In spite of thinking several of the Bond No. 9 scents are nicely done, I´ve never felt moved to buy one. My favorite is Chinatown, but I finally gave my decant away because it just doesn´t wear right on me – there´s some note in the drydown I find shrill and annoying on my skin, like a friend at a party who is no longer as amusing as the evening wears on.
Bond’s first in the Warhol series, Silver Factory, is really, really nice, and if Bond gave me a bottle (hah!) I´d probably wear it, but my heart belongs to several other incenses. The second Warhol is some fresh-floral thing with a name I can´t even remember. Given the good reviews for the third Warhol scent, Lexington Avenue, I thought I should give it a try. I find the notes particularly intriguing — blue cypress, fennel, cardamom, pink peony, iris, crà¨me brà»lée, pimento berry, patchouli and sandalwood. I think this thing is pegged by Bond as a floral chypre, but I´d call it a woody gourmand.
So here´s the humorous reveal – the first time I sprayed it on, I inhaled deeply and thought: Serge Noire! It bears a passing resemblance to the new Serge while feeling less … French? Like if Estee Lauder made Serge Noire? And I don´t mean that as a criticism – it´s more full-bodied and less subtle, if you will, while still being completely engaging. I get a hint of delightful sweatiness, resin-y incense, and lightly spiced woods. (The typically vague notes for Serge Noire are patchouli, cinnamon, amber and dark woods.) I would love to hear comments from anyone else who has tried both whether I am out of my mind? The Lexington Avenue is more opaque, and smoother. The fennel is pretty subtle and adds to the soft spiciness, and the florals seem really abstract.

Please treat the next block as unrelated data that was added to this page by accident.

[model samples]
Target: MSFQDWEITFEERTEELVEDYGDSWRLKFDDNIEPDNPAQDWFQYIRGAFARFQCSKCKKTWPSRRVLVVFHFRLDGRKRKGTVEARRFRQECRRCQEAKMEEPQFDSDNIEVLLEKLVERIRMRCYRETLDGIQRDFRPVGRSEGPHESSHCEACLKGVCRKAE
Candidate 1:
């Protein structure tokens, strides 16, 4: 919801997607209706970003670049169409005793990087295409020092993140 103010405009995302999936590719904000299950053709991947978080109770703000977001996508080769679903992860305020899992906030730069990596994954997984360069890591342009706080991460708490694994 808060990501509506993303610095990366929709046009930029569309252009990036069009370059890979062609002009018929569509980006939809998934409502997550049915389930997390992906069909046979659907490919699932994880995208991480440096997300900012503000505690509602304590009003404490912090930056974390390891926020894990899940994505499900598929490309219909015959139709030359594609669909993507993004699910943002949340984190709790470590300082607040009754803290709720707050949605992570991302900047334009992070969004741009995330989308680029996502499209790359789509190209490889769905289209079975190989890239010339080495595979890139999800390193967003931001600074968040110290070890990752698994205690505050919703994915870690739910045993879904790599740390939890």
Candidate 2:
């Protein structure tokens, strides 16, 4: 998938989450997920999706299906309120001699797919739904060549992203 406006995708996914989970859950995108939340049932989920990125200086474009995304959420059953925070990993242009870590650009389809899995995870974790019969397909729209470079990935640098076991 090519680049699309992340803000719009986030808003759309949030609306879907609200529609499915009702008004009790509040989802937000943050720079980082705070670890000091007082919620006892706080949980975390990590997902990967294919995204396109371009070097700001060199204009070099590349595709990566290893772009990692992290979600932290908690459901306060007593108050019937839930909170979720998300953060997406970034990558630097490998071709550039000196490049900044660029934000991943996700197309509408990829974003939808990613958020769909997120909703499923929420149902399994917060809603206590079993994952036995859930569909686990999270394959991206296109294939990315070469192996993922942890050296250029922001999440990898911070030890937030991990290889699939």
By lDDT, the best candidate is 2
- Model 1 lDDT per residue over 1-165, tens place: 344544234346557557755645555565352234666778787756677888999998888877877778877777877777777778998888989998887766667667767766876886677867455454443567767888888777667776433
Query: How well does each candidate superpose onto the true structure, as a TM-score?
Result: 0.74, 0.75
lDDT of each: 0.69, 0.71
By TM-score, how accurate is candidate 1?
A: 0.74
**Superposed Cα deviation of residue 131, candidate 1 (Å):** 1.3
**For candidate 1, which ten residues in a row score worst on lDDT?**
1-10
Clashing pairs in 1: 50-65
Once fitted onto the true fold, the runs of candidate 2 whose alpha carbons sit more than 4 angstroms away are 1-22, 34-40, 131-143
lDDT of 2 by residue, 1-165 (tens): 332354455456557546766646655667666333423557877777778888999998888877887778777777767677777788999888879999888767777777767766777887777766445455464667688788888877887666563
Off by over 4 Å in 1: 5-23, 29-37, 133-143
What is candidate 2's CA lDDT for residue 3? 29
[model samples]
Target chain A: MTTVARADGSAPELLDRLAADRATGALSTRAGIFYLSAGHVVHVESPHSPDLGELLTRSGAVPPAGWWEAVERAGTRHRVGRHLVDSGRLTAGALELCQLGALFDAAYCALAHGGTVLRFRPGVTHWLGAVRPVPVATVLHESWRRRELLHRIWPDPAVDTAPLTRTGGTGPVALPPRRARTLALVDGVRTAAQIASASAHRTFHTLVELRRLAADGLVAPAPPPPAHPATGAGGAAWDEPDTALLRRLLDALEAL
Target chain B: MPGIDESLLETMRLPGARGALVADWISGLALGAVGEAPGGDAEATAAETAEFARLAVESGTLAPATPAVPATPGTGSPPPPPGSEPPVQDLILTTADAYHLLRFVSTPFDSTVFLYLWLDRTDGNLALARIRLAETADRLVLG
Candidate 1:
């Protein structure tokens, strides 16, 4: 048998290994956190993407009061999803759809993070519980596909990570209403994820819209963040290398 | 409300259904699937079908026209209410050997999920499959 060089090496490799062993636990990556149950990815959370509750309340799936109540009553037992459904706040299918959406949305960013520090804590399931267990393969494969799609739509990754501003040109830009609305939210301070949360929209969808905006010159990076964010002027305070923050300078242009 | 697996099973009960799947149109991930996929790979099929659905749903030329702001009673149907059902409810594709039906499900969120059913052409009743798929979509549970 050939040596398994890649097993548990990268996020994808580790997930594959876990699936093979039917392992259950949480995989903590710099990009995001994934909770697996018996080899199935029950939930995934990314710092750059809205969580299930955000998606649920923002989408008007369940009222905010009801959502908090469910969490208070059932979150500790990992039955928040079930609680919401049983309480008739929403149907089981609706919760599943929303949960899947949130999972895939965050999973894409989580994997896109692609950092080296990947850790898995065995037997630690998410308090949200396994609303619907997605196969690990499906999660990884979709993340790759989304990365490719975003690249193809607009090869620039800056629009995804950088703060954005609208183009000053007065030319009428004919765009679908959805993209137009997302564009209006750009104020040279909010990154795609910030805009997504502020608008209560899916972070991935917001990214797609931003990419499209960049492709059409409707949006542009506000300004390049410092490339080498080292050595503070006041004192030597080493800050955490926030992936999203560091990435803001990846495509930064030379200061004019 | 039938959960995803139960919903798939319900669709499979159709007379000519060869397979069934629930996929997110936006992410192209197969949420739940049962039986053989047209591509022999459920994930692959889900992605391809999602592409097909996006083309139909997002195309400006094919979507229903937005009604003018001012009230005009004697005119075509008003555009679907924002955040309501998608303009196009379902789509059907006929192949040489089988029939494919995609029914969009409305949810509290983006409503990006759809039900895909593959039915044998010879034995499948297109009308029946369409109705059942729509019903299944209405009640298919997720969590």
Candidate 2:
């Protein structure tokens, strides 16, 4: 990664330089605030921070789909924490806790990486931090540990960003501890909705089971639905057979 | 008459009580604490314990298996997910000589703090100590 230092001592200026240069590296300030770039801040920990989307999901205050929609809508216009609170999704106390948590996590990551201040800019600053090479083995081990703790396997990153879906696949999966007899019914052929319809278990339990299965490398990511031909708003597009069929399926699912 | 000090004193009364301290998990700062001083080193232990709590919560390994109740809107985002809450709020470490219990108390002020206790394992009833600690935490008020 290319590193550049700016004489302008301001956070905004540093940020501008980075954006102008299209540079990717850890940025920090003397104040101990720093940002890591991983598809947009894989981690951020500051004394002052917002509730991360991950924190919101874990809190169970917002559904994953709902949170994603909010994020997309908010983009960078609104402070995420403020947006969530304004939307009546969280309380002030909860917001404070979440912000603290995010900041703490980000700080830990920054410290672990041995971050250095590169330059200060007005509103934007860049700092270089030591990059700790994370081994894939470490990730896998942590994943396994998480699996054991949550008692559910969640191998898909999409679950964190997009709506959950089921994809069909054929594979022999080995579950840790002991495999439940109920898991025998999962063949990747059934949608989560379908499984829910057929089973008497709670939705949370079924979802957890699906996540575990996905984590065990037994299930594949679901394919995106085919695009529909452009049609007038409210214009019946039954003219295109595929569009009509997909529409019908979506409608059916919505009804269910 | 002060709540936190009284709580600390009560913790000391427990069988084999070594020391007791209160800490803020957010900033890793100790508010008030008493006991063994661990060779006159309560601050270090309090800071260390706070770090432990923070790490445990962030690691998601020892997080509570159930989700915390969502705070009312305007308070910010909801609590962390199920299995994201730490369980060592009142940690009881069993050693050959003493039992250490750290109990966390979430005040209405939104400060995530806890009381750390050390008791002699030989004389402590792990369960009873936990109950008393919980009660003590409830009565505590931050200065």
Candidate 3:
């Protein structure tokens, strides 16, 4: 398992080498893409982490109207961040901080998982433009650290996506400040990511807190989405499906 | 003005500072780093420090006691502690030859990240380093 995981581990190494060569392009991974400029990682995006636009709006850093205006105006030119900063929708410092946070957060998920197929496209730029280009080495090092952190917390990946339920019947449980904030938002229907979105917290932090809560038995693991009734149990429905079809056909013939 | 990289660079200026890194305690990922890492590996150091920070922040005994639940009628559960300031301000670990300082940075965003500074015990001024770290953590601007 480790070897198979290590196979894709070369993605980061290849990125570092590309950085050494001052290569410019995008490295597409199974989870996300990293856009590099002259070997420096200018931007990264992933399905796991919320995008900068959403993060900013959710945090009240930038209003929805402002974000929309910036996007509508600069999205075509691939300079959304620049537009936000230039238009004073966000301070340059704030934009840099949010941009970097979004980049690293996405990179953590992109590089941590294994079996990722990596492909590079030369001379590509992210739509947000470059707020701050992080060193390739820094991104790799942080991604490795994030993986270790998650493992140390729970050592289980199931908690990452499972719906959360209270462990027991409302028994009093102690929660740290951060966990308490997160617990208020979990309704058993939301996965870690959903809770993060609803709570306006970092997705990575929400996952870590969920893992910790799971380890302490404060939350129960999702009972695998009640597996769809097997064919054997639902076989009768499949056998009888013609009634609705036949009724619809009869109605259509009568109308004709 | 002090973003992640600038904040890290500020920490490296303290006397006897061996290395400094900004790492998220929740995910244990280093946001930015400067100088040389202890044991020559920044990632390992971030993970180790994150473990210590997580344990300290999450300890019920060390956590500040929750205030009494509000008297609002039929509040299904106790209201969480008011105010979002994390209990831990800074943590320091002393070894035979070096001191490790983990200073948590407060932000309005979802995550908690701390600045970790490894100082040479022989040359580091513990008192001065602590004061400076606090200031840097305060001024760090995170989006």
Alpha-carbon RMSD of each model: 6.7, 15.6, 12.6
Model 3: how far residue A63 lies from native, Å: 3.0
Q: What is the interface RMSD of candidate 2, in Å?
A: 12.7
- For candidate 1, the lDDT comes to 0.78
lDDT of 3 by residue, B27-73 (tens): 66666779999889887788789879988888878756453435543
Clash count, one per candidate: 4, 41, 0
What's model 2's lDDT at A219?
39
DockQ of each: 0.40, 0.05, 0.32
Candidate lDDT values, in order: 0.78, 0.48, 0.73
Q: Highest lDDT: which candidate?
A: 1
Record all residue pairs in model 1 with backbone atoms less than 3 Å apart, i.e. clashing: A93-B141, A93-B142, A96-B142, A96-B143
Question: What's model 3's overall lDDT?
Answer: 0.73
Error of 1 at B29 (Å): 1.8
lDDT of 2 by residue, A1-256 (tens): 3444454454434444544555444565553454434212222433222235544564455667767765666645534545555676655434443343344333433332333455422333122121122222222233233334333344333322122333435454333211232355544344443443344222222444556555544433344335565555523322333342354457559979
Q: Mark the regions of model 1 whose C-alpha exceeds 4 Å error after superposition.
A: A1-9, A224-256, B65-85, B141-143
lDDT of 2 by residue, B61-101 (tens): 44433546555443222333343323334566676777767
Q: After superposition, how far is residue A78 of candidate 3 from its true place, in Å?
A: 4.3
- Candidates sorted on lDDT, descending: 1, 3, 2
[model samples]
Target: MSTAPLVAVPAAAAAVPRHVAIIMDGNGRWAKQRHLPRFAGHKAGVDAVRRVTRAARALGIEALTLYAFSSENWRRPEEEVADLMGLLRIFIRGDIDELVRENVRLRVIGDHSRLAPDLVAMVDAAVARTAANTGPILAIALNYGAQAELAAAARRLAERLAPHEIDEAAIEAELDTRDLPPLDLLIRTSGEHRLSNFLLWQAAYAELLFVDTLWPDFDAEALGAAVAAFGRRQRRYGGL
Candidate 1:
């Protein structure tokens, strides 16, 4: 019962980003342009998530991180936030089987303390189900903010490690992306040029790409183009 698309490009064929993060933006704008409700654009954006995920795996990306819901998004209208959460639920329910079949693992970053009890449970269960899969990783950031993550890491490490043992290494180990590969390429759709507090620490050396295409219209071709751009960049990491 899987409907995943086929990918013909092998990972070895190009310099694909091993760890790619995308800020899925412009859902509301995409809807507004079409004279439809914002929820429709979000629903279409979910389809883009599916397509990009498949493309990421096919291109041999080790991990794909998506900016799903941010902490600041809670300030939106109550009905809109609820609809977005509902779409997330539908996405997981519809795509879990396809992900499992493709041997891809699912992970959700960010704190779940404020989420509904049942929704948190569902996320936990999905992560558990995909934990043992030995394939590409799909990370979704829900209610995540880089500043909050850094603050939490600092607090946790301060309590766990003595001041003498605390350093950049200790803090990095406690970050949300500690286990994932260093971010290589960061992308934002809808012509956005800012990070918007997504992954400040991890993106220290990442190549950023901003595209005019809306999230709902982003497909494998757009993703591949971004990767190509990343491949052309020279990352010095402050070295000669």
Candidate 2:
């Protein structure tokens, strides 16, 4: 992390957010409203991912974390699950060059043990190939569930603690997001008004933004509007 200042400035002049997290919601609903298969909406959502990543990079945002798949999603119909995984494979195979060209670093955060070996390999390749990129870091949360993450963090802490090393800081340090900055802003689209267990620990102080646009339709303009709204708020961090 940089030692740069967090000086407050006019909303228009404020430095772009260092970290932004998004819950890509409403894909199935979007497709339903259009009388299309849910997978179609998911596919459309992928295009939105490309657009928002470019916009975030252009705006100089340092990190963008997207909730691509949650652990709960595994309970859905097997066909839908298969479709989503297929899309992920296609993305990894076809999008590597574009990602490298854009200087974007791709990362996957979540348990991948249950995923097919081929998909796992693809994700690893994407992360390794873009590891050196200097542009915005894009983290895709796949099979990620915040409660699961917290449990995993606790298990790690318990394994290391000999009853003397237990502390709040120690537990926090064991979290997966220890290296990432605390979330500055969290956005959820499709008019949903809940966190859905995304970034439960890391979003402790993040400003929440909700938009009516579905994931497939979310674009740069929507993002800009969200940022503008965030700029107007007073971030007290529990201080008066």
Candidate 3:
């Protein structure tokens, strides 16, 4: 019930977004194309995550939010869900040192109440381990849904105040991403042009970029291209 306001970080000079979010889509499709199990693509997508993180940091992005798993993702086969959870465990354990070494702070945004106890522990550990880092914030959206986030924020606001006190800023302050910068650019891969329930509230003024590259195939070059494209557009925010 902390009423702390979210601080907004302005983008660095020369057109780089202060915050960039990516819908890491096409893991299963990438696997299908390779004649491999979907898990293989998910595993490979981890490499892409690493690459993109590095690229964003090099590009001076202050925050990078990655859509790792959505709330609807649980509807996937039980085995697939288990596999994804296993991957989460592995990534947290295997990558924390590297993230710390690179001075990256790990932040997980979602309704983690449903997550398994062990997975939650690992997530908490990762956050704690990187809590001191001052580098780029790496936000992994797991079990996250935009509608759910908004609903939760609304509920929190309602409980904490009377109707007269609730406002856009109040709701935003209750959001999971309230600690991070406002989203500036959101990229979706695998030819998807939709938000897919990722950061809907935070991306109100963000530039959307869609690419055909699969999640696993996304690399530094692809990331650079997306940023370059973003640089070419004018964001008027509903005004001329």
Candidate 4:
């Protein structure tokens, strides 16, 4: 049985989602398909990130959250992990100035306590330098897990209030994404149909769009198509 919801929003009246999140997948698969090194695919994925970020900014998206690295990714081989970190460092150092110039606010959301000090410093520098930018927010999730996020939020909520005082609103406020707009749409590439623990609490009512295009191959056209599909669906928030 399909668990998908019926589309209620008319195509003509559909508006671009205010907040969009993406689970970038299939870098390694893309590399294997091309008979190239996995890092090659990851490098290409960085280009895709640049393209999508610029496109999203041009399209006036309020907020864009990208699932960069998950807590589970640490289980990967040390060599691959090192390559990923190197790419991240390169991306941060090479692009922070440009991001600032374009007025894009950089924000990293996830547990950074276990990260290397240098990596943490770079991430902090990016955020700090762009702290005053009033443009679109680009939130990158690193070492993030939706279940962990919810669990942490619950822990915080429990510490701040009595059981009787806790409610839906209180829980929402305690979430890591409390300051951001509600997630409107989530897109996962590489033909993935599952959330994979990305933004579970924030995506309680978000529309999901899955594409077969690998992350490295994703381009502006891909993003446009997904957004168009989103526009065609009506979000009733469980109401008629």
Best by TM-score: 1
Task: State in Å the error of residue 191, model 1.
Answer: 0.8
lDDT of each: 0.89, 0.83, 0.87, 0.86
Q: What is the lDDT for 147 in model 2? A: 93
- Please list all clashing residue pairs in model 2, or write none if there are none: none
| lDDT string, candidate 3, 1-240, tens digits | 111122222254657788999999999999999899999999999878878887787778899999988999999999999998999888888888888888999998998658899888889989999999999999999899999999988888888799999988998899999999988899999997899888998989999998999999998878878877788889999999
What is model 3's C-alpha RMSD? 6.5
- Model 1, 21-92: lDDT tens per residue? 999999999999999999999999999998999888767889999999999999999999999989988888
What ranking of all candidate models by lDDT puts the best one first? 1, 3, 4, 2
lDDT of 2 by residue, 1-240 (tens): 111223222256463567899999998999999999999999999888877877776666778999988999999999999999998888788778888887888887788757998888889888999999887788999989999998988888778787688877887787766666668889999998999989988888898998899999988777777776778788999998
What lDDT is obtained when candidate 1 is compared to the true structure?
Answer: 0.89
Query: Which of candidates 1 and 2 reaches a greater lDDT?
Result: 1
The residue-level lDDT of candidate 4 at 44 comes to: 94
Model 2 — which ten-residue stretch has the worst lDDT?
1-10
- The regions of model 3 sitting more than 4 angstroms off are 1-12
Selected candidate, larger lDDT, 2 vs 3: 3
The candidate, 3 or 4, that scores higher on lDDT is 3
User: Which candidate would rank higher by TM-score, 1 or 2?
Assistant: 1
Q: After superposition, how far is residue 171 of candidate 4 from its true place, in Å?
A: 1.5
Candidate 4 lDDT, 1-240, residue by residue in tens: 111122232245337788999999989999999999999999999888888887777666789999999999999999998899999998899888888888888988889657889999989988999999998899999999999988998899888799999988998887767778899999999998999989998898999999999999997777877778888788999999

As I was writing the review´s first draft in my head, suggesting this as an easier-to-get alternative to the Serge, there was an amusingly rapid shift to a gourmand – the quite distinct Part B of the scent. This could be really jarring, but it isn´t – the sweet creaminess in the woods of the first part and the spices carry over to the gourmand part, making the transition interesting and charming rather than unnerving. It´s the crà¨me-brulee phase I´d see a man having a bit more trouble carrying off, but in my general experience men tend to “butch” fragrances up on their skin, and anyway, I´m the woman who thinks all men should try wearing Fracas and Datura Noir for a change of pace.
When the transition is done, the drydown of Lexington Avenue ends up being strongly reminiscent of – wait for it – CB Musk on me, the sweet ambery warmth rather than the dirty bits, as if I were smelling CB musk layered with something like Sushi Imperiale or Organza Indecence. There´s a vanillic, spicy sweetness still tempered enough by the woods to maintain a plausible unisex vibe. Great timing on the release, too – a this would be a perfect fall scent.
I find myself wanting a bottle of this. A lot.